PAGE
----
The Bottom Line

Jonathan Maze The Bottom Line

Restaurant Business Executive Editor-in-Chief Jonathan Maze is a longtime industry journalist who writes about restaurant finance, mergers and acquisitions and the economy, with a particular focus on quick-service restaurants. He writes daily about the factors influencing the operating environment, including labor and food costs and various industry trends such as technology and delivery.

Jonathan has been widely quoted in media publications such as the New York Times and the Washington Post and has appeared on CNBC, Yahoo Finance and NPR. He writes a weekly finance-focused newsletter for Restaurant Business, The Bottom Line, and is the host of the weekly podcast “A Deeper Dive.”


These are the restaurant stocks investors are betting against the most right now

Dutch Bros, Red Robin and Sweetgreen are the most “shorted” restaurant stocks, according to a Raymond James analyst, and more investors are betting against fast food.


Why large restaurant chains struggle to develop new concepts

The Bottom Line: With Chipotle developing yet another brand in Farmesa, it’s a good time to check on the track record of large brands creating new concepts. It’s not a good one.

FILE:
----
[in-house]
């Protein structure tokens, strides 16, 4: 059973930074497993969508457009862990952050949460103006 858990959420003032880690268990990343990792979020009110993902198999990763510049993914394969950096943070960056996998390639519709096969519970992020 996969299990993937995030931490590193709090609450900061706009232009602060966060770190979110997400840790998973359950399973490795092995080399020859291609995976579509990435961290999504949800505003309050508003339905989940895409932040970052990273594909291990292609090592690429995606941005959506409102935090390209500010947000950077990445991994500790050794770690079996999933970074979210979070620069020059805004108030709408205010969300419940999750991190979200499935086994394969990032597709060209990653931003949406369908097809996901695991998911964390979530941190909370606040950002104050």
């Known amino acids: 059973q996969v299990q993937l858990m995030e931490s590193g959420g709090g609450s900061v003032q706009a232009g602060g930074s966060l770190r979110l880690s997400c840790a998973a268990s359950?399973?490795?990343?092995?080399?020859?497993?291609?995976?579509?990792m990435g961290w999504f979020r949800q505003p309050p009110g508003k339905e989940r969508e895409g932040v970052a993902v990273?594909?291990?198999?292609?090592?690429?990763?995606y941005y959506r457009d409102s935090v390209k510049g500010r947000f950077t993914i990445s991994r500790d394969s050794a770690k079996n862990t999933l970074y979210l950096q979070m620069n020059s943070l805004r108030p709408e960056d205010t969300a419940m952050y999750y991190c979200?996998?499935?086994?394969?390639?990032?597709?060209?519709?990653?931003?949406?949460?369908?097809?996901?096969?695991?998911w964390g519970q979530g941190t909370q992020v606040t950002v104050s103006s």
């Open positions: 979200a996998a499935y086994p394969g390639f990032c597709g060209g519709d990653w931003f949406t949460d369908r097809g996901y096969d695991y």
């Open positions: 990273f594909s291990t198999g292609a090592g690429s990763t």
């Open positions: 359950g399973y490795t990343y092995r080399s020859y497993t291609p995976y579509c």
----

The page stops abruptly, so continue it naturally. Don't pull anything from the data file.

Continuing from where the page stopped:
The Bottom Line: Parent company Fiesta Restaurant Group spent two years trying to find a buyer before ultimately agreeing to a deal with the owner of Primanti Bros. It illustrates the difficulties of the acquisition market over that period.

The Bottom Line: Casey’s has become a force in the pizza business with a selection of innovative items, delivery and a popular loyalty program. But we investigated its claim to be a top-five pizza concept. It has a good argument.

The Bottom Line: After 3.5 years, restaurants recovered the jobs it lost during the pandemic. And its monthly job growth shows just how resilient the industry is.

The Bottom Line: The burger giant’s franchise charges have been below average despite the strength of its brand. But its premium comes in the leases its franchisees pay.

The Bottom Line: After a strong start to 2023, industry stocks have taken a hit more recently as Wall Street worries about the consumer and higher interest rates.

The Bottom Line: There is some evidence that higher-income consumers may be cutting back. Or maybe there was just some pent-up demand.

The Bottom Line: Subway and Burger King have staked their claims as value leaders in their respective segments. Recent events have highlighted the difficulties of that position.

The Bottom Line: Minneapolis Federal Reserve President Neel Kashkari suggested a 60% chance of a soft landing with one more rate hike. But "meaningfully higher" rates are also possible.

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